DARNIELLE: It’s pretty simple. I was thinking about how people talk at Iowa family reunions, specifically the ones I’ve been to. I haven’t been to everybody’s family reunions, but I’ve been to my wife’s and they always do this thing where they talk about who wound up where—and it’s only the who and where. There is as little why and how as possible. It’s tracing. And it’s kind of numbing. It’s a very intense thing to listen to, it’s very technical, but it has this comforting rhythm to it that I think is about a pretty profound realization that when you know where somebody is, you know the most important thing about them. You know they’re safe and you know they’re alive. You have a sense of them once they are somewhere. You don’t actually need to know how they feel. You don’t actually need to know how they’re paying their rent. For me, coming from California where everybody is pretty nomadic, it was an interesting insight. I was just trying to write one of those conversations.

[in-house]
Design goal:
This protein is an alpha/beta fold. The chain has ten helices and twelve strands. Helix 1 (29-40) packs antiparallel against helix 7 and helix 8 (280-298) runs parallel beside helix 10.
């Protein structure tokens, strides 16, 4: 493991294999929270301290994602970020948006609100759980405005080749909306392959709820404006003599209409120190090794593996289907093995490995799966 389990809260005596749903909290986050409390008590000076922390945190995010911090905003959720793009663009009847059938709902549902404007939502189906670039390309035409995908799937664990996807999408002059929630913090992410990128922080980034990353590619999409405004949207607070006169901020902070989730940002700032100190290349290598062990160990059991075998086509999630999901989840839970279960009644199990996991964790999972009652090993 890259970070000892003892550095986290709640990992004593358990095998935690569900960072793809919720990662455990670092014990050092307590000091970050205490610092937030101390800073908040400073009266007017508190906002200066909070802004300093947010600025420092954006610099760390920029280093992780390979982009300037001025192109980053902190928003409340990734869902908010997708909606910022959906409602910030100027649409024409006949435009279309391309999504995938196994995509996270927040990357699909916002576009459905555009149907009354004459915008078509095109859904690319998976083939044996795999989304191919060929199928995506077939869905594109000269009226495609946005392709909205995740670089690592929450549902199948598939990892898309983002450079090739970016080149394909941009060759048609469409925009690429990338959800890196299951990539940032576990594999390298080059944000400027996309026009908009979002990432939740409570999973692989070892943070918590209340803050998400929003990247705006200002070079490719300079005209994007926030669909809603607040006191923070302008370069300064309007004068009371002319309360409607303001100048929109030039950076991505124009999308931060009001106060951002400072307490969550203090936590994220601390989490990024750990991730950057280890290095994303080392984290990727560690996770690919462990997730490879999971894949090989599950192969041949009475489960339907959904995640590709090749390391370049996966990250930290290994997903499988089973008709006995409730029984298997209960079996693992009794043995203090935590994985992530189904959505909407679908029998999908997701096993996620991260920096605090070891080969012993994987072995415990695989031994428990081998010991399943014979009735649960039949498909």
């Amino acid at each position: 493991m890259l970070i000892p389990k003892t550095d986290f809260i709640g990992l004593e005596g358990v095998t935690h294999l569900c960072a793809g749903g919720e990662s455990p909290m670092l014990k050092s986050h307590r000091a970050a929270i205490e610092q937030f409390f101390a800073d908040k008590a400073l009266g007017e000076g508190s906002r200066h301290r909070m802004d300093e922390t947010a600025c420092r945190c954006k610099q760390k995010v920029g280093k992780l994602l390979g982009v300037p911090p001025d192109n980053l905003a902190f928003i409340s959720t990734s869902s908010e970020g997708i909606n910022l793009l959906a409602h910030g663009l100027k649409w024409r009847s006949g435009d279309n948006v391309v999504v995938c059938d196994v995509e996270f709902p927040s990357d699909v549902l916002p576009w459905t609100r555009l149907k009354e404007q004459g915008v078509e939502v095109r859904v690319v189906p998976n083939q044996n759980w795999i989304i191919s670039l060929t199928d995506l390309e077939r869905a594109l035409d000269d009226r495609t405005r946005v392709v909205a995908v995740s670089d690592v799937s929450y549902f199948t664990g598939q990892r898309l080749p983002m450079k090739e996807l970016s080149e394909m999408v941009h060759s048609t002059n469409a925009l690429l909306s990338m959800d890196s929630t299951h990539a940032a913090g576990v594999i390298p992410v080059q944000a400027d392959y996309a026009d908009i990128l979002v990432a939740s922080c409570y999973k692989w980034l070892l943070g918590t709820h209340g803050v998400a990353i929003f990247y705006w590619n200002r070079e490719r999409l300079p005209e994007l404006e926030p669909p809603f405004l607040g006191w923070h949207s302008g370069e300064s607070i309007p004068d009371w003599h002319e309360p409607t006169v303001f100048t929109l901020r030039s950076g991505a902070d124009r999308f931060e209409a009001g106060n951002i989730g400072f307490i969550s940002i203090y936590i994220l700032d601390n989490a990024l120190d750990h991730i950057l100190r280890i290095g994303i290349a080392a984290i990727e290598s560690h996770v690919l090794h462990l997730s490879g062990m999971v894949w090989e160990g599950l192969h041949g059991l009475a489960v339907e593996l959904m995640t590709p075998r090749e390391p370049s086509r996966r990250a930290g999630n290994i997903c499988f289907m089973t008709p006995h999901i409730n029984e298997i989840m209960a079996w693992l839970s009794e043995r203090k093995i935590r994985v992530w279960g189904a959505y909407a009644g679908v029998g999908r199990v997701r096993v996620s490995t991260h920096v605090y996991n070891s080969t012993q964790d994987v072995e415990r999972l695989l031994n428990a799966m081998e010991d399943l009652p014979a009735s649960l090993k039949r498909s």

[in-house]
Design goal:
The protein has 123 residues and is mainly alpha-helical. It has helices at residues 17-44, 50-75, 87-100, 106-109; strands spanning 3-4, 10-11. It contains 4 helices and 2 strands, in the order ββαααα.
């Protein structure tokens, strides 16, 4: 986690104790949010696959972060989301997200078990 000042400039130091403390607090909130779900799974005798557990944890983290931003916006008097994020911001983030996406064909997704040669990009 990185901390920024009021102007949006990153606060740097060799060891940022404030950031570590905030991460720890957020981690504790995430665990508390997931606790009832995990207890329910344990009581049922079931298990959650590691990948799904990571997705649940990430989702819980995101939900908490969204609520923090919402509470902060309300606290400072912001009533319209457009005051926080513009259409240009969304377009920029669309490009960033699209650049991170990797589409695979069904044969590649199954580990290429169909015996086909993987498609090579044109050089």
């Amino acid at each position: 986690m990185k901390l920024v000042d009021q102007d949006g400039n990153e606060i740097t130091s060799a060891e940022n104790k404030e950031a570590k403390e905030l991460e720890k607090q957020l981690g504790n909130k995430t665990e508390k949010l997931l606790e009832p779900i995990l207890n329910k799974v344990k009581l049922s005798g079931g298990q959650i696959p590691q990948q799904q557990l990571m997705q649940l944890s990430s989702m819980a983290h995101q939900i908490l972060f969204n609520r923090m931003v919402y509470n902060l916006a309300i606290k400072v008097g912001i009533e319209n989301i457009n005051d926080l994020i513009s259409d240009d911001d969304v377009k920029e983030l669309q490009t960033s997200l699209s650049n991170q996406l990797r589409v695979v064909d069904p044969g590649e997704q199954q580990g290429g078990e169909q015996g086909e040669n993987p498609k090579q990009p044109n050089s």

MULLEN: This is a Midwestern sensibility?

DARNIELLE: All I really know about is Iowa, so I can’t really say whether it’s the same in Minnesota or Illinois or Nebraska, but I do know that in northern Iowa, that’s a conversation that seems to take place at reunions.

MULLEN: Why do you think that is?

DARNIELLE: It could just be my family for all I know. [laughs] I’m generalizing from a very small subset, but I don’t think it’s just my family. For one thing, I think it’s because in Iowa, for the longest time, people didn’t venture out. In Iowa, I feel like there has been for many years a pretty tight connection to the state, to being Iowan, to being from there, even though those borders are a little blurry; southern Minnesota isn’t all that different from Iowa and neither is northern Missouri.

MULLEN: I’ve been poking around online reading the initial reactions to the book and the word atmospheric keeps coming up. You do pay a lot of attention descriptions of place, whether it’s driving on the highway or the prairie or the video store. Why is rendering place so important to you and how do you make it so evocative?